"My name is Kommah Seray McDowell and I am a walking miracle.”
It’s a dramatic introduction. But Kommah’s victory over an aggressive form of breast cancer is no less dramatic. You are a part of her victory, thanks to your generous support of City of Hope.
It began as it does for so many women, when Kommah felt a lump during a routine breast self-exam.
For seven months, she was insistent about the lump she found, Kommah recalls. “My doctor was sure it was just a cyst. She kept saying that at 28, I was too young for breast cancer.”
|“I had all the symptoms of inflammatory breast cancer,” Kommah McDowell says, “but my former doctors just couldn’t recognize it.” Fortunately, City of Hope’s doctors not only recognized it, they knew how to help Kommah beat it.|
Finally, Kommah insisted on having the “cyst” removed.
“After the surgery to remove the cyst, the surgeon went to the waiting room and told my mother and my fiancé that he believed I had breast cancer. He needed to send the cyst to the lab for testing first,” she recalls her fiancé telling her. “Because of the surgeon’s uncertainty, he elected to not tell me directly, but rather my mom and fiancé.”
Two days later, the lab confirmed the presence of three breast cancer tumors. Shocked and angry, she didn’t need one of the nurses to tell her, “You can always get a second opinion.”
“Years before, I had temped in City of Hope’s bone-marrow transplant department,” Kommah explains. “And so when they said cancer, my first thought was City of Hope.”
“My story’s not over yet”
When she came to City of Hope, “things moved very quickly,” Kommah recalls. “I met with oncologists and surgeons that first day. They confirmed I had Stage 4 inflammatory breast cancer, and that it had spread from the skin of my right breast to my right breast and also my right lymph nodes.
“I had almost every symptom of inflammatory breast cancer. I was basically overflowing with cancer, but my former doctors just didn’t recognize it,” she continues. “At City of Hope, they did.”
Because inflammatory breast cancer (IBC) is uncommon — between 1 and 6 percent of all breast cancer diagnoses — and also doesn’t show up on mammograms and ultrasounds, it’s sadly not unusual for doctors to miss it the way Kommah’s did. It’s also fast-moving and aggressive. As a result, only 40 percent of IBC patients survive five years beyond their diagnosis. The 10-year survival rate is even lower. African-American women have a higher incidence of IBC than do women of other ethnic groups.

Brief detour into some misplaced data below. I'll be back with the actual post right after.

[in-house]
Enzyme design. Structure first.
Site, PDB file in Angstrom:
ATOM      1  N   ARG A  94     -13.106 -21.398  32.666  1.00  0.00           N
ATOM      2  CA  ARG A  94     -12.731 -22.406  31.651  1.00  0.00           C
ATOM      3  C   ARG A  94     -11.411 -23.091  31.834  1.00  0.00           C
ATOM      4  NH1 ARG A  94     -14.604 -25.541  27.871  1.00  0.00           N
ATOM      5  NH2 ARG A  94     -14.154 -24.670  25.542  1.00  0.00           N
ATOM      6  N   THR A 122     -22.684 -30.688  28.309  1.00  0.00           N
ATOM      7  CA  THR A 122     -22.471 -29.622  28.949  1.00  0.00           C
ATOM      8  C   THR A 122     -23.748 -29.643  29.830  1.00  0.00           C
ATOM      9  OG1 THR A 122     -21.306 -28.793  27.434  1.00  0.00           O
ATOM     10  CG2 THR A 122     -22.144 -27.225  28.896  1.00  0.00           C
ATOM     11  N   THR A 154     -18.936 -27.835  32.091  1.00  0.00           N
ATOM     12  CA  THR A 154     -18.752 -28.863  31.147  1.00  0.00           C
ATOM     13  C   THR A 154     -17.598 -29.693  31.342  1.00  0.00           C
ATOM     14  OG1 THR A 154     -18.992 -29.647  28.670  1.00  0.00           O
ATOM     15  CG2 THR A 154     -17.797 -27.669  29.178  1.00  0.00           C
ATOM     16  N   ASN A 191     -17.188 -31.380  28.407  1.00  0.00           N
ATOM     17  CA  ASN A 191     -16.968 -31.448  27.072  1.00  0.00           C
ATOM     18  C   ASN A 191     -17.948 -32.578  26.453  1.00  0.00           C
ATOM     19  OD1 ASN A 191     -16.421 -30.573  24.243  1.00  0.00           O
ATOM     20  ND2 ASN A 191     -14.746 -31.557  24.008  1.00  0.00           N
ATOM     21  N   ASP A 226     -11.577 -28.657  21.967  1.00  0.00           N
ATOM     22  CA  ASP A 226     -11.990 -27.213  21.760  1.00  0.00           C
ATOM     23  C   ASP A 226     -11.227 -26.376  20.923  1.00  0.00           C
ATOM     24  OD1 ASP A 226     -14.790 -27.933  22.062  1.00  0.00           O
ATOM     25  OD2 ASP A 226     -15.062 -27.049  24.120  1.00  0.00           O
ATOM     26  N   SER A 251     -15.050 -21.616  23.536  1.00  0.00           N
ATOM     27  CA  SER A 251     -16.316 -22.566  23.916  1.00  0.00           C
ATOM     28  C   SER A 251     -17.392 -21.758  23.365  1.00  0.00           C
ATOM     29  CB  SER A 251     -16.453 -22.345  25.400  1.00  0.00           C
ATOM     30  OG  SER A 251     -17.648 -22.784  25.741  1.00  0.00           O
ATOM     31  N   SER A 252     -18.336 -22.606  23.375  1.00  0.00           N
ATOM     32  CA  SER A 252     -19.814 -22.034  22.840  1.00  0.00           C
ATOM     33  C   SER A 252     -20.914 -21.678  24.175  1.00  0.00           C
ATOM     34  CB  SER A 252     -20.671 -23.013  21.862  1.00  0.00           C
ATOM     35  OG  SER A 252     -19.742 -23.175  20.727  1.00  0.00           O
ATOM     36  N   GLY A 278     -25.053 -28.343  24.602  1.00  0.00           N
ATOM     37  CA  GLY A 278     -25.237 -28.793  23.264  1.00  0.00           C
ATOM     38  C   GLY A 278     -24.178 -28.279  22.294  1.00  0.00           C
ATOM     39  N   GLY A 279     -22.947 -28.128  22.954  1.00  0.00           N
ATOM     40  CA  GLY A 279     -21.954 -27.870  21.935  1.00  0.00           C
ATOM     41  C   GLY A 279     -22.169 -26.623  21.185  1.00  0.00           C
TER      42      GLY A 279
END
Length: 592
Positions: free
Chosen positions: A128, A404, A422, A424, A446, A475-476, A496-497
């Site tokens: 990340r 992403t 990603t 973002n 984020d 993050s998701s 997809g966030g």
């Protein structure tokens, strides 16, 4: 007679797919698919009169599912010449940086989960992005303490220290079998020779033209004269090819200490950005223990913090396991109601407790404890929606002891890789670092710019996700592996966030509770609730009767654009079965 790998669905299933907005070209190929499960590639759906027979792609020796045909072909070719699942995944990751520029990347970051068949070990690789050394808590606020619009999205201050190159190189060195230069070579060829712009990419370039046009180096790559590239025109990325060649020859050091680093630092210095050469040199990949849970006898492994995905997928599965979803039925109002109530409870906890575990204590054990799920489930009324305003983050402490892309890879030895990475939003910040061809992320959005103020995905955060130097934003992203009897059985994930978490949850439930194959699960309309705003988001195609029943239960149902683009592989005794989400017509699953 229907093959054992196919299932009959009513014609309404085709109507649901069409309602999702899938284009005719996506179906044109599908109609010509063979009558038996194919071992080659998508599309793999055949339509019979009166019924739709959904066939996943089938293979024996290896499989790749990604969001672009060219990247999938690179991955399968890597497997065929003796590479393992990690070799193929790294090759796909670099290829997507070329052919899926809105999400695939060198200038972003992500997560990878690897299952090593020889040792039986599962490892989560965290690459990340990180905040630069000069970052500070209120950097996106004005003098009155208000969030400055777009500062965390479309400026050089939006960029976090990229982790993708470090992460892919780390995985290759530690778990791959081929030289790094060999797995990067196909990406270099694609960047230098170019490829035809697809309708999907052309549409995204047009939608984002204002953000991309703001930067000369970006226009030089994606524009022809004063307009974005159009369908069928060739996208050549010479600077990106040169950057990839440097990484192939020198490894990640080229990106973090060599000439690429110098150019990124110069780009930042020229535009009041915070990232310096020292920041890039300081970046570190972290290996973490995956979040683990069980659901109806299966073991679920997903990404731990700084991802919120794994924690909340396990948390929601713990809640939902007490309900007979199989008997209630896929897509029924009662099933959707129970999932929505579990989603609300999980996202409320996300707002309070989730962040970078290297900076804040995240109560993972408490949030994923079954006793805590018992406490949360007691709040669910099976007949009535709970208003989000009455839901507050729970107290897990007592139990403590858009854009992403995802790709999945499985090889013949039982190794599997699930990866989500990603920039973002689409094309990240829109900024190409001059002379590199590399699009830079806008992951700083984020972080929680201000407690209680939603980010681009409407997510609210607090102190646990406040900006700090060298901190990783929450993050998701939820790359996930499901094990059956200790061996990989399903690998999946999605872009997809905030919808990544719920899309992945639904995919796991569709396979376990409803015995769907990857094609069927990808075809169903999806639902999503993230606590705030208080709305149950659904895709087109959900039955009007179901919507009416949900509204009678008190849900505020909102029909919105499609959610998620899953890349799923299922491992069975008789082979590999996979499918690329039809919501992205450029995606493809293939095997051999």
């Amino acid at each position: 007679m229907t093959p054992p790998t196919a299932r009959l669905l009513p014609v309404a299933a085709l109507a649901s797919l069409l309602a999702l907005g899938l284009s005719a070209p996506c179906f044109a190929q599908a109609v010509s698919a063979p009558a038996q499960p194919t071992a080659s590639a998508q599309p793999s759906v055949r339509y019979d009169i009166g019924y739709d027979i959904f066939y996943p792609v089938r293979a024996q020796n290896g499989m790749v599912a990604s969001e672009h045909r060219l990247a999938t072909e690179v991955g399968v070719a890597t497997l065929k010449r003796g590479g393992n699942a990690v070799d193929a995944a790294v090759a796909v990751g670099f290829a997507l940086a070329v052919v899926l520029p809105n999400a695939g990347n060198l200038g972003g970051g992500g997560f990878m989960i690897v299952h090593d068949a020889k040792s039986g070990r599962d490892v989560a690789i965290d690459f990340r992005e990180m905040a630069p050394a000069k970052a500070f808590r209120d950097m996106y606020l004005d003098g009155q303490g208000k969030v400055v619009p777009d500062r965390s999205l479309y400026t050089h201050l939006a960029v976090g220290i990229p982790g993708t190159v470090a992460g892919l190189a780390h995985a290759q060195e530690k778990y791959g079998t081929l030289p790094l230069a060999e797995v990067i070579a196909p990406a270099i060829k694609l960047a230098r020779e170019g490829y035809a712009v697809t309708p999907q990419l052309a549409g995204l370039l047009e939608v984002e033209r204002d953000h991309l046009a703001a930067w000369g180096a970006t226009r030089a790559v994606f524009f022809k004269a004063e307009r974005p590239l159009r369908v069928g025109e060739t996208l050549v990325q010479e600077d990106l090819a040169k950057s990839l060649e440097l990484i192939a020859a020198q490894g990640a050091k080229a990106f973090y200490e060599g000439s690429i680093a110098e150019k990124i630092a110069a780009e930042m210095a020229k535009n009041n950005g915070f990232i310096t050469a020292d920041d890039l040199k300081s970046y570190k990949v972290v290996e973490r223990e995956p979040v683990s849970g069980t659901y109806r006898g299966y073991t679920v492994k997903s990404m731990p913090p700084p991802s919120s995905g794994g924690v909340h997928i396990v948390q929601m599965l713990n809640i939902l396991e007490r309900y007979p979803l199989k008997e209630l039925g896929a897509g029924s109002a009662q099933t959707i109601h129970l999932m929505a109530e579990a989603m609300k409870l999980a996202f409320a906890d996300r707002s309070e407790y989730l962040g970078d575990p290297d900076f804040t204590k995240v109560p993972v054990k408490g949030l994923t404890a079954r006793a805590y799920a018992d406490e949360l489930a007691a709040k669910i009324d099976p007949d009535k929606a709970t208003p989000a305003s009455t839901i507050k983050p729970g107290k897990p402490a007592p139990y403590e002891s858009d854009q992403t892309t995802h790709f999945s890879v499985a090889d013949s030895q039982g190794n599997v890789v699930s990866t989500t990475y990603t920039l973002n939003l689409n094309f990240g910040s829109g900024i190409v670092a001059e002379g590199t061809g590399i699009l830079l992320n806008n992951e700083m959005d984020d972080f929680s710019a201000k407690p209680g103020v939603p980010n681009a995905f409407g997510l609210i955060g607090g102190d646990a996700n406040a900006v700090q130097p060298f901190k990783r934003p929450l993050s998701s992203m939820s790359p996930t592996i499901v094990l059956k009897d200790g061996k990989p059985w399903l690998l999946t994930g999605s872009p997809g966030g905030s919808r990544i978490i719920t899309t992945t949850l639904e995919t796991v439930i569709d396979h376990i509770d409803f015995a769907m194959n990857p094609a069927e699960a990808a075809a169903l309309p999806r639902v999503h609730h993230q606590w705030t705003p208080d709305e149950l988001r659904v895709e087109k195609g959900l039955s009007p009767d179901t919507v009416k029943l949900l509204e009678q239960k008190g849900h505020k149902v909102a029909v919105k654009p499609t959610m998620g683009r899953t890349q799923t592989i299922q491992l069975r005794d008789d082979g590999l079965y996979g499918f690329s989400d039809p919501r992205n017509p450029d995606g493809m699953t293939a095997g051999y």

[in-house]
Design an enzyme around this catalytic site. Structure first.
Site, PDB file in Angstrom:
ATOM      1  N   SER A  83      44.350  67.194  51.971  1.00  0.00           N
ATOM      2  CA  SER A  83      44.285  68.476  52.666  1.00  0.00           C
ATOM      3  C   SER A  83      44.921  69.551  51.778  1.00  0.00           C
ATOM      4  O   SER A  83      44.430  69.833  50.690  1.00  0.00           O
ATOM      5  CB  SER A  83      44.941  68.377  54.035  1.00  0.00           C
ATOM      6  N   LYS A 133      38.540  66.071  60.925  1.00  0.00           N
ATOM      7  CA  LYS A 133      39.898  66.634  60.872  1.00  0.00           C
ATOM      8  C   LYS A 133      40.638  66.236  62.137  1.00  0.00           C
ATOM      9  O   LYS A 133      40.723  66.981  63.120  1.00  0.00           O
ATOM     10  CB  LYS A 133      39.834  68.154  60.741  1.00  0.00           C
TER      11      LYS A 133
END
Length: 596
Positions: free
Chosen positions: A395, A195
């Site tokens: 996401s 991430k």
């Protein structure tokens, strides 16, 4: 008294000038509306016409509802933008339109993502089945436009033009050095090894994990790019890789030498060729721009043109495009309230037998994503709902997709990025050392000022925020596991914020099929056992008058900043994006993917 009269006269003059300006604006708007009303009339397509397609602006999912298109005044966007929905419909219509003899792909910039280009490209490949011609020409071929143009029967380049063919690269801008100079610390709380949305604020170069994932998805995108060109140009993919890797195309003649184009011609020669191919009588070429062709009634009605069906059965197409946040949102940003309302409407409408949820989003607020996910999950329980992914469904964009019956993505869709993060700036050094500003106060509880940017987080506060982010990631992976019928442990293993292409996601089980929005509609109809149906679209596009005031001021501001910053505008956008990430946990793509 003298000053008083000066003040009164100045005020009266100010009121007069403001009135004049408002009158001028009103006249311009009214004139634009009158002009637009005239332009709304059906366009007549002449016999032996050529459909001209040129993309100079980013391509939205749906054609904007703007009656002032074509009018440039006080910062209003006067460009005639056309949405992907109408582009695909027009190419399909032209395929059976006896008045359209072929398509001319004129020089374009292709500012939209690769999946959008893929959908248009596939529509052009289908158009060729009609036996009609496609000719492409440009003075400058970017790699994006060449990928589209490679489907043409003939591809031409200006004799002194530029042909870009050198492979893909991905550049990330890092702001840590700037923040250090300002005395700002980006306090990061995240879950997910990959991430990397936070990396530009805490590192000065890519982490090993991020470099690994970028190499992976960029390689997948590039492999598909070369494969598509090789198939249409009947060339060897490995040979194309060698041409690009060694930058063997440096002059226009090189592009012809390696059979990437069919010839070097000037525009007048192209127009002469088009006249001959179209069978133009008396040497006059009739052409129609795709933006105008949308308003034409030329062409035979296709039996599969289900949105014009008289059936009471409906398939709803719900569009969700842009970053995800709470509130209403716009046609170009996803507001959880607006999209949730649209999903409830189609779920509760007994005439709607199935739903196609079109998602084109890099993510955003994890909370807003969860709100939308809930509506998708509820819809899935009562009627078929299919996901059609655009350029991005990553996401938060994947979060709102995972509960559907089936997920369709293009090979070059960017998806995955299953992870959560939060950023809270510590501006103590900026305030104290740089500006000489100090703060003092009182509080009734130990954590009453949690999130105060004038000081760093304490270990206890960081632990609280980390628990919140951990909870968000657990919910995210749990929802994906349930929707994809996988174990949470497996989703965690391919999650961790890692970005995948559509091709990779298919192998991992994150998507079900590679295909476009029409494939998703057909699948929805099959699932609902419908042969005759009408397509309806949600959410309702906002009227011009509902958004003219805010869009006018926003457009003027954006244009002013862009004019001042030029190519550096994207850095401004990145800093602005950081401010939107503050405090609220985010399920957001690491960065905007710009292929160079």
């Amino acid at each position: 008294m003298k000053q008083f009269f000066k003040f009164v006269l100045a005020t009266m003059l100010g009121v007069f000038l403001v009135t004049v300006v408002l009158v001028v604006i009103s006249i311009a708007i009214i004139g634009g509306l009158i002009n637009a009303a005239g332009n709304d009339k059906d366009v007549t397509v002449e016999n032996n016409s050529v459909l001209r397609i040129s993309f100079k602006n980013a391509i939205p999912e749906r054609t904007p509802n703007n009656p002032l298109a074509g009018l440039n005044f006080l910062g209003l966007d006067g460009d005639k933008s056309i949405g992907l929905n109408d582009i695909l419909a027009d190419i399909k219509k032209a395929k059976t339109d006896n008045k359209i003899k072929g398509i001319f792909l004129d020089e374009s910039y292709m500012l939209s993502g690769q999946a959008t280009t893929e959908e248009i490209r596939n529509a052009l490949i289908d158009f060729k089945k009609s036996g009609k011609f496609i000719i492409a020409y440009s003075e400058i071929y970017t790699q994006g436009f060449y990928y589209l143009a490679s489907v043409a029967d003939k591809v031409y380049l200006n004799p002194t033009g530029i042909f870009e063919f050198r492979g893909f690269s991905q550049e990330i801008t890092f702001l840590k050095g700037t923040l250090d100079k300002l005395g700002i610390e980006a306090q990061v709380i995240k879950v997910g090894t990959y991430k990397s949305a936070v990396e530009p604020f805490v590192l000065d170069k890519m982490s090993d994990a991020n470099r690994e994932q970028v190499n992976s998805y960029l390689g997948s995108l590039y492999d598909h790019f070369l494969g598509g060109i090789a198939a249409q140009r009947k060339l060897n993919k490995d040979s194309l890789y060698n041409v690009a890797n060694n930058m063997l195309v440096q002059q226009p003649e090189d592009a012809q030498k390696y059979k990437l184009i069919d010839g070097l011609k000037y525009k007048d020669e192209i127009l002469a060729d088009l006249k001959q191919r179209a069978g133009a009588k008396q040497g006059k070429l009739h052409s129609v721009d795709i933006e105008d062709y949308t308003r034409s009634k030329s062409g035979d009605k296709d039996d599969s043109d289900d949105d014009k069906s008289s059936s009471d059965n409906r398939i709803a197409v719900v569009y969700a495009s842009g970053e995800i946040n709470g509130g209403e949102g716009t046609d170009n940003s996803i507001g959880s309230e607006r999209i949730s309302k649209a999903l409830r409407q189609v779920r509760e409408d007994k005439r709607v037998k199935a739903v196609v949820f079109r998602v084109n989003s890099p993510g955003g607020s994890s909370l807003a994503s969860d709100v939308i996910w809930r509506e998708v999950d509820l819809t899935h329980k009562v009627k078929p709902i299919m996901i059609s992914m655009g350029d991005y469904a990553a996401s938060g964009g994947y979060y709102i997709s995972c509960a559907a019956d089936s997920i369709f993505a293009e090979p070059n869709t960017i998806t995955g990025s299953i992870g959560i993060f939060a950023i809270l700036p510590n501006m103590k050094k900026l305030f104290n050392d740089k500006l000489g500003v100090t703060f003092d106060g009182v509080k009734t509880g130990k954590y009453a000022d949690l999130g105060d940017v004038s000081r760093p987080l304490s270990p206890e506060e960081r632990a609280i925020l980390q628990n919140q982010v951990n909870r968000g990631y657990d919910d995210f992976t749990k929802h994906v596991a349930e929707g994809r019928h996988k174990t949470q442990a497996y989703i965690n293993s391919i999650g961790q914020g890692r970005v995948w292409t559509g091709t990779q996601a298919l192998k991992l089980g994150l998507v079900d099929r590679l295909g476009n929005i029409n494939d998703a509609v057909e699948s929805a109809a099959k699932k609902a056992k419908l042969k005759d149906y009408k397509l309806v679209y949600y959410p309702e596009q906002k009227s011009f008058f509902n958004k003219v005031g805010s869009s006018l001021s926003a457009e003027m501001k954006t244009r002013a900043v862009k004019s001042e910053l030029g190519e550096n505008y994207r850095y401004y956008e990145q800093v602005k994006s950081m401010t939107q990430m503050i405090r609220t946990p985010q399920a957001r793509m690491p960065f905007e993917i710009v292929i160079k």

“Dr. George Somlo told me, ‘I am glad you are young and healthy, because we’re going to give you the toughest stuff we have.’”
Kommah began her chemotherapy on August 4, 2005, and “after that, it was appointment, appointment, appointment, appointment,” she remembers. In the middle of her ordeal, she and her fiancé were married, “bald head and all.”
They were allowed a three-day honeymoon, and then it was back to treatment. A radical mastectomy followed in December. After that, City of Hope doctors were unable to locate any remaining cancer.
A year later, two lumps were found in her left breast. Though they were non-cancerous, Kommah and her City of Hope team decided on a second mastectomy. In July 2007, Kommah had a skin-sparing left masectomy and reconstructive surgery and today is in excellent health.
In fact, Kommah and her husband recently learned they are expecting their first child — even though Kommah had been told there was less than a 30 percent chance she would ever have children.
“I have a fairy-tale story, considering I started out with Stage 4 cancer,” Kommah says. “I won’t say ‘a fairy-tale ending,’ because I’m not finished yet!”
Today, Kommah runs the Kommah Seray Inflammatory Breast Cancer Foundation to educate women about IBC. She credits City of Hope doctors with the knowledge to recognize this rare disease and the skills to defeat it. Thank you for making that combination possible! Please use the enclosed reply form to give another lifesaving gift today.
“When they said cancer, my first thought was City of Hope”
Kommah McDowell has a “fairy-tale story,” and your support of City of Hope is a big part of it
“I had all the symptoms of inflammatory breast cancer,” Kommah McDowell says, “but my former doctors just couldn’t recognize it.” Fortunately, City of Hope’s doctors not only recognized it, they knew how to help Kommah beat it.